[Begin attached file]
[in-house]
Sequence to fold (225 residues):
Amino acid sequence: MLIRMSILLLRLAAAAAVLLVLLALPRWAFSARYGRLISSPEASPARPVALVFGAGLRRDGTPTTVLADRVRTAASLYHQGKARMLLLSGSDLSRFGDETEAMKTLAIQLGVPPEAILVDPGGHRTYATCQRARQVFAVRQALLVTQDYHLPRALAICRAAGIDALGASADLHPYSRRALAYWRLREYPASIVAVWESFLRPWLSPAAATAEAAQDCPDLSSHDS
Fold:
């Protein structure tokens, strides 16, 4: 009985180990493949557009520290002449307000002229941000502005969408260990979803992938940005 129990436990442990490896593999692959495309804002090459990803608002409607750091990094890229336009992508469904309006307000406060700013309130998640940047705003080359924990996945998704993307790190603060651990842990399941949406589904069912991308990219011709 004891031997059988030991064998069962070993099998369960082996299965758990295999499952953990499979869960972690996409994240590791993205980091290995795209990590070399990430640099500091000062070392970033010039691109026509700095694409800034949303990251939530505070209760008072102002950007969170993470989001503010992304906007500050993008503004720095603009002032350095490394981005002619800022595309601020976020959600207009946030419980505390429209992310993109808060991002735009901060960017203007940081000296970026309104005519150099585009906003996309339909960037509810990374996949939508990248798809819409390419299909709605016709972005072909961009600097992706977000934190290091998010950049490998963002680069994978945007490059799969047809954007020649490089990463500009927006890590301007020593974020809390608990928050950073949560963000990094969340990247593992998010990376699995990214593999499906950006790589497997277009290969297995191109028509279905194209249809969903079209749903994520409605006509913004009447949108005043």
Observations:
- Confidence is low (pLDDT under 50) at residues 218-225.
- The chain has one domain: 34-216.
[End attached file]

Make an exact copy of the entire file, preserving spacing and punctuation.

[in-house]
Sequence to fold (225 residues):
Amino acid sequence: MLIRMSILLLRLAAAAAVLLVLLALPRWAFSARYGRLISSPEASPARPVALVFGAGLRRDGTPTTVLADRVRTAASLYHQGKARMLLLSGSDLSRFGDETEAMKTLAIQLGVPPEAILVDPGGHRTYATCQRARQVFAVRQALLVTQDYHLPRALAICRAAGIDALGASADLHPYSRRALAYWRLREYPASIVAVWESFLRPWLSPAAATAEAAQDCPDLSSHDS
Fold:
């Protein structure tokens, strides 16, 4: 009985180990493949557009520290002449307000002229941000502005969408260990979803992938940005 129990436990442990490896593999692959495309804002090459990803608002409607750091990094890229336009992508469904309006307000406060700013309130998640940047705003080359924990996945998704993307790190603060651990842990399941949406589904069912991308990219011709 004891031997059988030991064998069962070993099998369960082996299965758990295999499952953990499979869960972690996409994240590791993205980091290995795209990590070399990430640099500091000062070392970033010039691109026509700095694409800034949303990251939530505070209760008072102002950007969170993470989001503010992304906007500050993008503004720095603009002032350095490394981005002619800022595309601020976020959600207009946030419980505390429209992310993109808060991002735009901060960017203007940081000296970026309104005519150099585009906003996309339909960037509810990374996949939508990248798809819409390419299909709605016709972005072909961009600097992706977000934190290091998010950049490998963002680069994978945007490059799969047809954007020649490089990463500009927006890590301007020593974020809390608990928050950073949560963000990094969340990247593992998010990376699995990214593999499906950006790589497997277009290969297995191109028509279905194209249809969903079209749903994520409605006509913004009447949108005043």
Observations:
- Confidence is low (pLDDT under 50) at residues 218-225.
- The chain has one domain: 34-216.